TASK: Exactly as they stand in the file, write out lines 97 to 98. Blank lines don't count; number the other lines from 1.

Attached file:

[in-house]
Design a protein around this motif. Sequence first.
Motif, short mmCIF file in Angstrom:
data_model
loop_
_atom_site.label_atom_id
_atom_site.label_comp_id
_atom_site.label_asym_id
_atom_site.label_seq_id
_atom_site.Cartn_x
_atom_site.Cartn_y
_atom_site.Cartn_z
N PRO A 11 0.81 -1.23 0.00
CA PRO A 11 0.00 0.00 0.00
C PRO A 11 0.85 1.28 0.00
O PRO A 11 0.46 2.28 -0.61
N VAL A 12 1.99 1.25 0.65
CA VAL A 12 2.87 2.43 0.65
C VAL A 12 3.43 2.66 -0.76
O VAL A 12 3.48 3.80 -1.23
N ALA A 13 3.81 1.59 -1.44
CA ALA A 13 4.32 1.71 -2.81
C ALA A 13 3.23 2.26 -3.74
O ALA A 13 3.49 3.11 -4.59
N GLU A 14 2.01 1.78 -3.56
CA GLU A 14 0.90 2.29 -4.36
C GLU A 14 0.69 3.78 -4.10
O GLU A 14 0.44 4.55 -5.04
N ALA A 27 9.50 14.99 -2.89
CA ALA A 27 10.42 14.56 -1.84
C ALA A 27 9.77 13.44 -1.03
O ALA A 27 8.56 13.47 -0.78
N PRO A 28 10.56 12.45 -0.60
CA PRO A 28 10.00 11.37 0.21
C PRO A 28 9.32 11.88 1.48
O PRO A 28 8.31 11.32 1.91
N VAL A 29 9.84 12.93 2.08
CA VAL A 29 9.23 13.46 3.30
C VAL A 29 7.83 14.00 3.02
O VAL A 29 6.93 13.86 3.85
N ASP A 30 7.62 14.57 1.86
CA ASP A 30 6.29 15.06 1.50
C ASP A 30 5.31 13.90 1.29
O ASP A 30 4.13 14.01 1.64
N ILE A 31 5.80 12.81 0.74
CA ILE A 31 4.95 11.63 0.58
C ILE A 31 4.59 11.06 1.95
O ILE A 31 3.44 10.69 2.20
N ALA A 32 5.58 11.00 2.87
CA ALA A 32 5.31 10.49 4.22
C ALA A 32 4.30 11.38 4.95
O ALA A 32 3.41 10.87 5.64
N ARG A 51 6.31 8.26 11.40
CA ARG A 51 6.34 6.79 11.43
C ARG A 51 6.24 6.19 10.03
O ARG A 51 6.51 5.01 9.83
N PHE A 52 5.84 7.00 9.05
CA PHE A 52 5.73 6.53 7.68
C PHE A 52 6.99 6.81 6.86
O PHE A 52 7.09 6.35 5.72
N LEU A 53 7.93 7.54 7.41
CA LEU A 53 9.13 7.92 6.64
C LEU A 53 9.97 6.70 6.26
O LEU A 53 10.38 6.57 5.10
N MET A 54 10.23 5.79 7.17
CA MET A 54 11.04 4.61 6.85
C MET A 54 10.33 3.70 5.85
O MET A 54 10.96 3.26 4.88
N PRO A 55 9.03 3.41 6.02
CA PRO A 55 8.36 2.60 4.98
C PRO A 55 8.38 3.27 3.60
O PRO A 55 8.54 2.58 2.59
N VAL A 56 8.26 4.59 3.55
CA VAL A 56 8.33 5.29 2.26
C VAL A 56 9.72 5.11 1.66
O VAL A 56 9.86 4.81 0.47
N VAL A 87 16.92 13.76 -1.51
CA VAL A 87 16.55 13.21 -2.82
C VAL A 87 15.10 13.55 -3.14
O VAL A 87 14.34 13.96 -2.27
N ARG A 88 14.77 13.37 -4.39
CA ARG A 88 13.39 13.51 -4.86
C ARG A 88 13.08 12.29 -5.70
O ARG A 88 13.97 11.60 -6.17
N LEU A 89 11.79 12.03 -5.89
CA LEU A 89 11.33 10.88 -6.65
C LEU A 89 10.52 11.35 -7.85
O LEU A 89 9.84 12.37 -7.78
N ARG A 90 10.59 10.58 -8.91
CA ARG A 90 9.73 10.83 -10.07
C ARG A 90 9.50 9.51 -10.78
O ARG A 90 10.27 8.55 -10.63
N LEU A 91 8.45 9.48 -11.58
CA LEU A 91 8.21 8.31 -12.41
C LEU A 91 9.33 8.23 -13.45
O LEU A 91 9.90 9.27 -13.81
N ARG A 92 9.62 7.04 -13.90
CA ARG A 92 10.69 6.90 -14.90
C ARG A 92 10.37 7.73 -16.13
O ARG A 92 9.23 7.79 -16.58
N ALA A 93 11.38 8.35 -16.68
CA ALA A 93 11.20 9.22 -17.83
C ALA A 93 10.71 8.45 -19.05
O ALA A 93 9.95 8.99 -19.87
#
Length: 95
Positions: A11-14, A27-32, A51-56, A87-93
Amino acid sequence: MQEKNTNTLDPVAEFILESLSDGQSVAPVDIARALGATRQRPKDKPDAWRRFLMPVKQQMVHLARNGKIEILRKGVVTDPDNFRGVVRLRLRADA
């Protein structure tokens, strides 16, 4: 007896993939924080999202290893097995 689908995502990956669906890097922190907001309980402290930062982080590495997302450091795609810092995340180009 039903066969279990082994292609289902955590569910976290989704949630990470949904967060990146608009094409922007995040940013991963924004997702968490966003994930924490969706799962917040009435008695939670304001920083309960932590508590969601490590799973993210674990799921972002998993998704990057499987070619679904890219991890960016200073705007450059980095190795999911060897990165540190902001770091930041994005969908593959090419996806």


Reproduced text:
N ARG A 92 9.62 7.04 -13.90
CA ARG A 92 10.69 6.90 -14.90